Hungary's smaller insurance companies would suffer losses if the sector has to contribute more than HUF 20 billion to the HUF 200 billion in revenue that will be generated by the planned extraordinary tax on financial companies, chairman of the Hungarian Insurers Association (MABISZ) Peter Kisbenedek said at a press conference on Wednesday.
Prime Minister Viktor Orbán said earlier the government planned to introduce an extraordinary tax on banks, leasing companies and insurers that would generate HUF 200 billion in budget revenue in 2010.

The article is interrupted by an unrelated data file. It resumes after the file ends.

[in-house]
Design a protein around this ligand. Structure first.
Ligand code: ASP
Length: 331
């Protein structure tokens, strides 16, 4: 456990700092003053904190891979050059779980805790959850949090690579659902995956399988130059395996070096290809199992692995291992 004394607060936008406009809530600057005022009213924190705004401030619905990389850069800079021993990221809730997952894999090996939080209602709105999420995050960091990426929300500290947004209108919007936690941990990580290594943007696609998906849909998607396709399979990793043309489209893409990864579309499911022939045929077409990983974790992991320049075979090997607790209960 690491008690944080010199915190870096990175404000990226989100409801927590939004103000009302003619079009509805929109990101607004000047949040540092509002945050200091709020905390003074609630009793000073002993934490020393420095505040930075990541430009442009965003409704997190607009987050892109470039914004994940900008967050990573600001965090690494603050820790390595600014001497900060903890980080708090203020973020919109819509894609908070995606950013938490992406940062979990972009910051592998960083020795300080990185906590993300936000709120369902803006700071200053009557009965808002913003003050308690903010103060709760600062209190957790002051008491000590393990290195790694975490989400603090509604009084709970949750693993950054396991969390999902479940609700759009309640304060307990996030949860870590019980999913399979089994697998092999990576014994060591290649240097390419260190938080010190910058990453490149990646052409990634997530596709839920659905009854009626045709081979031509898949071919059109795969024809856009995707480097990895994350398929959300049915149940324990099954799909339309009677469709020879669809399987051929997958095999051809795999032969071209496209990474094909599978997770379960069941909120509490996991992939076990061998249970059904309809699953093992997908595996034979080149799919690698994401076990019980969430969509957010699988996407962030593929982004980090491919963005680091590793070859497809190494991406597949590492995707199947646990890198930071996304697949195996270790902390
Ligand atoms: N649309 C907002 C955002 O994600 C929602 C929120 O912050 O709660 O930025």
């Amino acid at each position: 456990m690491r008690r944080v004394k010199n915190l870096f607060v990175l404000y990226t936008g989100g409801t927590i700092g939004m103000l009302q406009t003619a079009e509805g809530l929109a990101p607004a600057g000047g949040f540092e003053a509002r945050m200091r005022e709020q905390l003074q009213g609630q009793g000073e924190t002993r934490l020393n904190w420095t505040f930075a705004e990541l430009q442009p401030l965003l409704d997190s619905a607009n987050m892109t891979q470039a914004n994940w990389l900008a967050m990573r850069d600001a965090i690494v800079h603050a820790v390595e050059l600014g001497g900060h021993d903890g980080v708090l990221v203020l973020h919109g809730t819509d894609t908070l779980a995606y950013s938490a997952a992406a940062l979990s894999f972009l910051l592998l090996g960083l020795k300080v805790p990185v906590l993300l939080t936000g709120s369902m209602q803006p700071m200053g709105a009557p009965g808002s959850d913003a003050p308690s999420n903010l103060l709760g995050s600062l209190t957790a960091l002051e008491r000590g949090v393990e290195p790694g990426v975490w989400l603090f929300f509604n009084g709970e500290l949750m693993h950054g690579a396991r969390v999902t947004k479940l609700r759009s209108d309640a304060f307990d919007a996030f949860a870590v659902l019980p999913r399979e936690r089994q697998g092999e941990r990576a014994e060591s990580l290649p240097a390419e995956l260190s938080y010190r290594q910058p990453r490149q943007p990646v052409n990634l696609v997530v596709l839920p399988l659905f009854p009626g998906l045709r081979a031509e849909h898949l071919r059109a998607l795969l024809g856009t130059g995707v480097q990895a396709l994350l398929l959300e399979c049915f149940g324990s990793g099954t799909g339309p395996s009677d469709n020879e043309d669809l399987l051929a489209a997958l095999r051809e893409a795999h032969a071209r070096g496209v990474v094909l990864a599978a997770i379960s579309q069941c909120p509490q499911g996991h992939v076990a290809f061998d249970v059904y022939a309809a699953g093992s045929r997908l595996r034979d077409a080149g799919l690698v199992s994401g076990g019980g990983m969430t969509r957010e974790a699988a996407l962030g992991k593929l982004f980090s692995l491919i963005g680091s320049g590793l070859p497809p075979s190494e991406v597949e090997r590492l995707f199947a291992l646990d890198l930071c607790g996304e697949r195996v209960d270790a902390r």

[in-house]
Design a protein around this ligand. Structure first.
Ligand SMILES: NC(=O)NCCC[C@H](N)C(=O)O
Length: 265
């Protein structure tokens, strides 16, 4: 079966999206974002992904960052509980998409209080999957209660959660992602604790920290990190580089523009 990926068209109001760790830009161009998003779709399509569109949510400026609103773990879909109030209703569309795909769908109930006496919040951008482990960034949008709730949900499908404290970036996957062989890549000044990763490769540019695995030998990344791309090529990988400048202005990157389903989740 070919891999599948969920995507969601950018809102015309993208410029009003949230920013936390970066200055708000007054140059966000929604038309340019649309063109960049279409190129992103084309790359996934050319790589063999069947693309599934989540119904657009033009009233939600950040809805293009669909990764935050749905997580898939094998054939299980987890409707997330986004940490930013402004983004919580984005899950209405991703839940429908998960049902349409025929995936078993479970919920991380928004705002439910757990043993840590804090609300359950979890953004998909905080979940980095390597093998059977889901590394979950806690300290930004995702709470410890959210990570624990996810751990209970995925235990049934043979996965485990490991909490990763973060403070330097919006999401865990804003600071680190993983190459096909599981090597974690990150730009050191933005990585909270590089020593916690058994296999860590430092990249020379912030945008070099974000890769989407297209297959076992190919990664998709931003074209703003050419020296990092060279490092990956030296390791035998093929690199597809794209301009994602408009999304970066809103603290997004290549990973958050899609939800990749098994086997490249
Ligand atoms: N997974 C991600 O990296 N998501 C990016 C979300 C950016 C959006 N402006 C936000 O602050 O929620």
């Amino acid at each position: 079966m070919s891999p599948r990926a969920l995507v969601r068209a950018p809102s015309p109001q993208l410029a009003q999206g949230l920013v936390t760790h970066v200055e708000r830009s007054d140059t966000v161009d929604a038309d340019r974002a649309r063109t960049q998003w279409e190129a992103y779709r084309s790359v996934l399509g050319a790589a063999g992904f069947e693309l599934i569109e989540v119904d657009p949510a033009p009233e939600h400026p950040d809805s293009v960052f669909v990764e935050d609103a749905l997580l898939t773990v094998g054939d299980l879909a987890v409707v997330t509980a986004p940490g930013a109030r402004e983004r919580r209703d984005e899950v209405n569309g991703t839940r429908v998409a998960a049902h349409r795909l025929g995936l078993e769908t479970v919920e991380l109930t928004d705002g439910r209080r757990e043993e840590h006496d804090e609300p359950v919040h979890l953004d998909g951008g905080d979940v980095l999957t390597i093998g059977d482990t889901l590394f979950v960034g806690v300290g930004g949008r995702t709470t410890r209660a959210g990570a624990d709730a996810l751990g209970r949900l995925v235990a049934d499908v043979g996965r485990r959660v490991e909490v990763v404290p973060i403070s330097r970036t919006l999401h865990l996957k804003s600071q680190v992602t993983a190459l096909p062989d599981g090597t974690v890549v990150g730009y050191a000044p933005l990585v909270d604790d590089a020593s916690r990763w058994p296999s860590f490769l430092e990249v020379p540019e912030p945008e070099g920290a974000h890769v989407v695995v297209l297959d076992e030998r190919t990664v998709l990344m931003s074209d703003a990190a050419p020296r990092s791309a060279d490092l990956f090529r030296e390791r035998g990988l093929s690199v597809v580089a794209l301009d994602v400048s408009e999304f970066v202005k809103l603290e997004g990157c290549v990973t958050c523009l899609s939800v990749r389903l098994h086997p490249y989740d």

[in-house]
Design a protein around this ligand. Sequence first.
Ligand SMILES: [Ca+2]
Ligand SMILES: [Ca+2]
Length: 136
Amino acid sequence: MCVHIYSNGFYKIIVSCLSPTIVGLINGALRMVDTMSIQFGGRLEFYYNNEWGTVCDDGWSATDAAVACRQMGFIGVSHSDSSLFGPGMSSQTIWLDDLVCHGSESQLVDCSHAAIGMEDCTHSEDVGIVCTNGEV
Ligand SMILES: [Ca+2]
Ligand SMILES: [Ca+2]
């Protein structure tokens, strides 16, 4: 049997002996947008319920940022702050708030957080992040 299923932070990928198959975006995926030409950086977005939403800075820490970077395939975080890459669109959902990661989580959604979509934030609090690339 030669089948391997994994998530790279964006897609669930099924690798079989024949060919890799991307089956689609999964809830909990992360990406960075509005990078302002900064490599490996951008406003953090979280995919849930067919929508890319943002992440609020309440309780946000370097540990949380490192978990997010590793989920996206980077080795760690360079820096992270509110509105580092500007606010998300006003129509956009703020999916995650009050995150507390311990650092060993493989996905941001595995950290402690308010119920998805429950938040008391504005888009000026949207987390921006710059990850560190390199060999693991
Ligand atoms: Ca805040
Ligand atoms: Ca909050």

No details of the tax have been revealed, but MTI learnt banks are to pay more than half or up to 60% of the HUF 200 billion.
Six insurers accounted for about 90pc of the sector's HUF 66 billion in after-tax profit in 2009, Kisbenedek said. The extraordinary tax could cause losses at the 25 smaller insurance companies, requiring capital raises or prompting decisions to pull out of the market, he added.
Kisbenedek said industry interest groups were incapable of deciding on how the burden of the extraordinary tax should be divided and this was rather the responsibility of the state.
Kisbenedek noted that Hungarian insurance companies were paying out HUF 30 billion on claims for flood damages filed thus far. (MTI-ECONEWS)